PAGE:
Four Psychological Concepts In Men's Sequence

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During the last centuries many psychologists have been trying to understand behavioural processes of living beings. After decades of experimenting with animals and humans, it became clear that behavioural processes, learning strategies and personality development are closely linked and complex. This complexity resulted in the development of a great variety of psychological theories to explain human behaviour.
This essay is an analysis of four psychological concepts displayed by characters in the DVD, “Men’s Sequence”. A father and son are left to organise a family member’s birthday party without the help of the mother. Two social psychological concepts that are evident in the scenario are obedience and attribution processes. Two behavioural
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The mother is regarded as holding the position of authority. Both father and son therefore obey her command.

Attribution Theory is a compilation of different theories that try to understand people’s behaviour and predict how people will react in certain situations.
“Attribution is the process of explaining the causes of people’s behaviour, including our own” (Bernstein, D. & Nash,P., 2008, pp.520).
According to Fritz Heider (1958) people assign causes of behaviour either ‘within a person’ or ‘outside a person’. People attribute theirs and others behaviour in a particular situation either to internal causes, or to causes in the environment (external causes) (McLeod, 2010).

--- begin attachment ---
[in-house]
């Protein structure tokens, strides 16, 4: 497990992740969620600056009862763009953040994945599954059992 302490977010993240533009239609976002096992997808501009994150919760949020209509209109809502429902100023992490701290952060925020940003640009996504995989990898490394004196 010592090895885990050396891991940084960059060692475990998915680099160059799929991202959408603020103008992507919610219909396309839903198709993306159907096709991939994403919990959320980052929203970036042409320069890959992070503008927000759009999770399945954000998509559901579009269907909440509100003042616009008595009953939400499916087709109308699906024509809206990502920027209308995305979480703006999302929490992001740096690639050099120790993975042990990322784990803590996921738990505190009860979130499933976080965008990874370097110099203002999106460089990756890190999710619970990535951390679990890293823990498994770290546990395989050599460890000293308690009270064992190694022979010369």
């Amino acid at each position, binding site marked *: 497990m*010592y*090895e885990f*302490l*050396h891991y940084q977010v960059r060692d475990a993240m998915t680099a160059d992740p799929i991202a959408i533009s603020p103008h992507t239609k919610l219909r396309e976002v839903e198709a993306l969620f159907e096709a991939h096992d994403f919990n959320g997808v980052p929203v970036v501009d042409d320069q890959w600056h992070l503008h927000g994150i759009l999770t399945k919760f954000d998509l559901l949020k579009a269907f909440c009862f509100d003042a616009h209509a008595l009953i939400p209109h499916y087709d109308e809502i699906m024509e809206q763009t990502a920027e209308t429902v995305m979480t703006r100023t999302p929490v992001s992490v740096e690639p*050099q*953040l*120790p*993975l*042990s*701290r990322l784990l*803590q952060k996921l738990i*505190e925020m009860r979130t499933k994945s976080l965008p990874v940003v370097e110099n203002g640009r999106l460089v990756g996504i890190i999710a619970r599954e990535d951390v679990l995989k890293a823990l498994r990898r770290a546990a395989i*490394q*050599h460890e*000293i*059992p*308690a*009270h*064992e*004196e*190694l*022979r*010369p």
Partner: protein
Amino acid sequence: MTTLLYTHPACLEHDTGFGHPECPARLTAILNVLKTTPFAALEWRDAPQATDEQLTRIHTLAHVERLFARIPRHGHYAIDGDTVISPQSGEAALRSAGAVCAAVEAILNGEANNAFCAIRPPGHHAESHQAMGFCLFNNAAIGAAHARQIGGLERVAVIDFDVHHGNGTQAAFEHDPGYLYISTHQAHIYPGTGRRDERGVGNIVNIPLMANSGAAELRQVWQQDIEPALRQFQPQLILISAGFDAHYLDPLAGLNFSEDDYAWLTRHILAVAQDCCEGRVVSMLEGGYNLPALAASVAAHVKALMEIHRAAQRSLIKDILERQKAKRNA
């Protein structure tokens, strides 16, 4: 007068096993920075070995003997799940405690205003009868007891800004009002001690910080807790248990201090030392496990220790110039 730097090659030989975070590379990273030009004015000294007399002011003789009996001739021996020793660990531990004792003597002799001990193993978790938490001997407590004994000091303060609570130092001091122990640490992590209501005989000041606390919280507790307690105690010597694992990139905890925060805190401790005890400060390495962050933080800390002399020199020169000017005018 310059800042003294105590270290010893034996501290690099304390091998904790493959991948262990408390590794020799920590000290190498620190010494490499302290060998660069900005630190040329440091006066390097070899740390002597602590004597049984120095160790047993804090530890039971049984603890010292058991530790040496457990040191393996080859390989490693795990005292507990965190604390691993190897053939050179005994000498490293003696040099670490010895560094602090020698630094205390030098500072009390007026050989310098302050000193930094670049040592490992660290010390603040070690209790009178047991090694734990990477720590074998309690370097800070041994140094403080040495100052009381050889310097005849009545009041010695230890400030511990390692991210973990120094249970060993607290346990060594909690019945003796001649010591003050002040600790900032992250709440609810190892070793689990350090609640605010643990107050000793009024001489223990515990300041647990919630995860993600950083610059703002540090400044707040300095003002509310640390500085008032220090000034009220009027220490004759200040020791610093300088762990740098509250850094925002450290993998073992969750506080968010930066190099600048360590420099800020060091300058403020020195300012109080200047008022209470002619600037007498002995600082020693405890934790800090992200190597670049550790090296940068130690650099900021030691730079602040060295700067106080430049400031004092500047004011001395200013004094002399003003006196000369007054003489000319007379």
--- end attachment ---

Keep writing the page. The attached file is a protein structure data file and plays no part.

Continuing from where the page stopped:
These explanations “have an important effect on our perceptions of other people and our decisions about them” (Weatherall & Wilson, 2007, p.56). Carless and Waterworth (2012) conducted an experiment in which they established that recruiters attributed different causes to job applicants’ past behaviour, effecting their expectations for the future performance of those
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McLeod, S. A. (2011). Attribution Theory. Retrieved from

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Skinner, B. F. (1948). 'Superstition 'in the pigeon. Journal of experimental psychology, 38(2), 168.

Verlinden, M., Tiemeier, H., Veenstra, R., Mieloo, C. L., Jansen, W., Jaddoe, V. W., ... & Jansen, P. W. (2014). Television viewing through ages 2-5 years and bullying involvement in early elementary school. BMC public health, 14(1), 157.
Weatherall, A., & Wilson, M. (2007). Psychology in Aotearoa/New Zealand. Auckland, N.Z.: Pearson.

Weiten, W. (2014). Psychology themes and variations: Briefer version. (9th ed.). Australia, Wadsworth Cengage Learning
Wilson, M. (2012, November 3). Rolling with the punches. The New Zealand Listener,

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